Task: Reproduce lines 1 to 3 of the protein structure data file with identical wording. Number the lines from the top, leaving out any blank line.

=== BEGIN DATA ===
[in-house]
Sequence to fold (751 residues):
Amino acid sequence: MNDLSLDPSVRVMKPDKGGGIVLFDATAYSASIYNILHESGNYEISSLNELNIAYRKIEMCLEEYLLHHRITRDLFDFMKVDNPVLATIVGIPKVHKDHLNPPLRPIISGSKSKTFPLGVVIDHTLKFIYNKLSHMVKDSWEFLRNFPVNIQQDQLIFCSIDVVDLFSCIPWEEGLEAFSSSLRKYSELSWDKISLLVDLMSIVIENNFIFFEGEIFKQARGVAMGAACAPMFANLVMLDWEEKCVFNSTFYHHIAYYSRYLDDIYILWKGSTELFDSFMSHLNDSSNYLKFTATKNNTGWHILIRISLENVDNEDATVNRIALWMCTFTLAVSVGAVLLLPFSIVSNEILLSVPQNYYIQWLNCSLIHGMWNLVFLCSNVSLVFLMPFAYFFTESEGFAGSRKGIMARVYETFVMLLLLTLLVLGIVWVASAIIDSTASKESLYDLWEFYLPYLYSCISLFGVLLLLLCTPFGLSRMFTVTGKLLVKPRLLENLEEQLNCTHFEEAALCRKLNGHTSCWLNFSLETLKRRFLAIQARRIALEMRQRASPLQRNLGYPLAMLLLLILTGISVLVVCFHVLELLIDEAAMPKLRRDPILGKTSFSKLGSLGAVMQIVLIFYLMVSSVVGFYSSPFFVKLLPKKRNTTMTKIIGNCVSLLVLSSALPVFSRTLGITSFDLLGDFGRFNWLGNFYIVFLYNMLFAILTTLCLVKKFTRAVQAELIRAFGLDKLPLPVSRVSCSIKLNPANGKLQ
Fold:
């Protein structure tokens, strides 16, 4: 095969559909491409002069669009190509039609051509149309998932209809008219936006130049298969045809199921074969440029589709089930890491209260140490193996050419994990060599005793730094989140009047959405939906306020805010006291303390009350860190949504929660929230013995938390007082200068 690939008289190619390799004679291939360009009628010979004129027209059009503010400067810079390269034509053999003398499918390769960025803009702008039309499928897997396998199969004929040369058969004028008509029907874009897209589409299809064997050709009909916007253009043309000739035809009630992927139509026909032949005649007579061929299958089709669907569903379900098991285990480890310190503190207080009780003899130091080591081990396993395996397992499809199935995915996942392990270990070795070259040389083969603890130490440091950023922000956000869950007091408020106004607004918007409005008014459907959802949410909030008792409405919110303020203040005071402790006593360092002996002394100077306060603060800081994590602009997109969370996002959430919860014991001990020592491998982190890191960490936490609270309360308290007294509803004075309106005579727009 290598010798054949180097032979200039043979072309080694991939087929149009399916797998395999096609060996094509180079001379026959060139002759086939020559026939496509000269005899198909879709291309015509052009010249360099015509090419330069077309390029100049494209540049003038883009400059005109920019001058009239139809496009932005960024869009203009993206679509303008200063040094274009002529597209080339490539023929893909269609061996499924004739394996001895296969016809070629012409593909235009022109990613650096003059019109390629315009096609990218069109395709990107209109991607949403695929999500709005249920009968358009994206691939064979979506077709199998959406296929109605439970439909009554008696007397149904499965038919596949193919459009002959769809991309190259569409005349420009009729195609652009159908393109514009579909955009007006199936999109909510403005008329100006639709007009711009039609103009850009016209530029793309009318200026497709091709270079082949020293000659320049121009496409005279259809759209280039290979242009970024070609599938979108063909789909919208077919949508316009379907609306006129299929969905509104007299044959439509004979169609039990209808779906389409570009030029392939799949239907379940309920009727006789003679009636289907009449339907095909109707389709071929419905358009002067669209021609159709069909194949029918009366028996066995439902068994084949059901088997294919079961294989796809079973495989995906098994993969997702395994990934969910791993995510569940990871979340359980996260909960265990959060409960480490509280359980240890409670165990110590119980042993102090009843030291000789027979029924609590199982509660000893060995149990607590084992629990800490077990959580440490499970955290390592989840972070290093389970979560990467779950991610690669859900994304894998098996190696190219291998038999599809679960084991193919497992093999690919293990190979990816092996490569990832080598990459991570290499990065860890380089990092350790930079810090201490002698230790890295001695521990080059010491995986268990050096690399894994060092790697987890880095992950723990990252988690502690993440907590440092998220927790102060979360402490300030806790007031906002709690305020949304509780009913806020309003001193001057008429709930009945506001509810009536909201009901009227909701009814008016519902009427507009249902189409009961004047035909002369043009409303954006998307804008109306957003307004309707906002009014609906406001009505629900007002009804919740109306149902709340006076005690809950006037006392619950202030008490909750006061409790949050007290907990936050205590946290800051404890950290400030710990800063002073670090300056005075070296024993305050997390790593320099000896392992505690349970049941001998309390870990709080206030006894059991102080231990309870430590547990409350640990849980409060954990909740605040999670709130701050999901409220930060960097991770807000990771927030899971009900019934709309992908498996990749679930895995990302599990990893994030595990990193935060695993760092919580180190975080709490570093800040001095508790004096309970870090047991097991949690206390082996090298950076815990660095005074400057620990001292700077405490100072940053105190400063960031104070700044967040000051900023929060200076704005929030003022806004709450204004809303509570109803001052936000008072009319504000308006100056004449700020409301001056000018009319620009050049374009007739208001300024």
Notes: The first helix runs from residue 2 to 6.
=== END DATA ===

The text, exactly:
[in-house]
Sequence to fold (751 residues):
Amino acid sequence: MNDLSLDPSVRVMKPDKGGGIVLFDATAYSASIYNILHESGNYEISSLNELNIAYRKIEMCLEEYLLHHRITRDLFDFMKVDNPVLATIVGIPKVHKDHLNPPLRPIISGSKSKTFPLGVVIDHTLKFIYNKLSHMVKDSWEFLRNFPVNIQQDQLIFCSIDVVDLFSCIPWEEGLEAFSSSLRKYSELSWDKISLLVDLMSIVIENNFIFFEGEIFKQARGVAMGAACAPMFANLVMLDWEEKCVFNSTFYHHIAYYSRYLDDIYILWKGSTELFDSFMSHLNDSSNYLKFTATKNNTGWHILIRISLENVDNEDATVNRIALWMCTFTLAVSVGAVLLLPFSIVSNEILLSVPQNYYIQWLNCSLIHGMWNLVFLCSNVSLVFLMPFAYFFTESEGFAGSRKGIMARVYETFVMLLLLTLLVLGIVWVASAIIDSTASKESLYDLWEFYLPYLYSCISLFGVLLLLLCTPFGLSRMFTVTGKLLVKPRLLENLEEQLNCTHFEEAALCRKLNGHTSCWLNFSLETLKRRFLAIQARRIALEMRQRASPLQRNLGYPLAMLLLLILTGISVLVVCFHVLELLIDEAAMPKLRRDPILGKTSFSKLGSLGAVMQIVLIFYLMVSSVVGFYSSPFFVKLLPKKRNTTMTKIIGNCVSLLVLSSALPVFSRTLGITSFDLLGDFGRFNWLGNFYIVFLYNMLFAILTTLCLVKKFTRAVQAELIRAFGLDKLPLPVSRVSCSIKLNPANGKLQ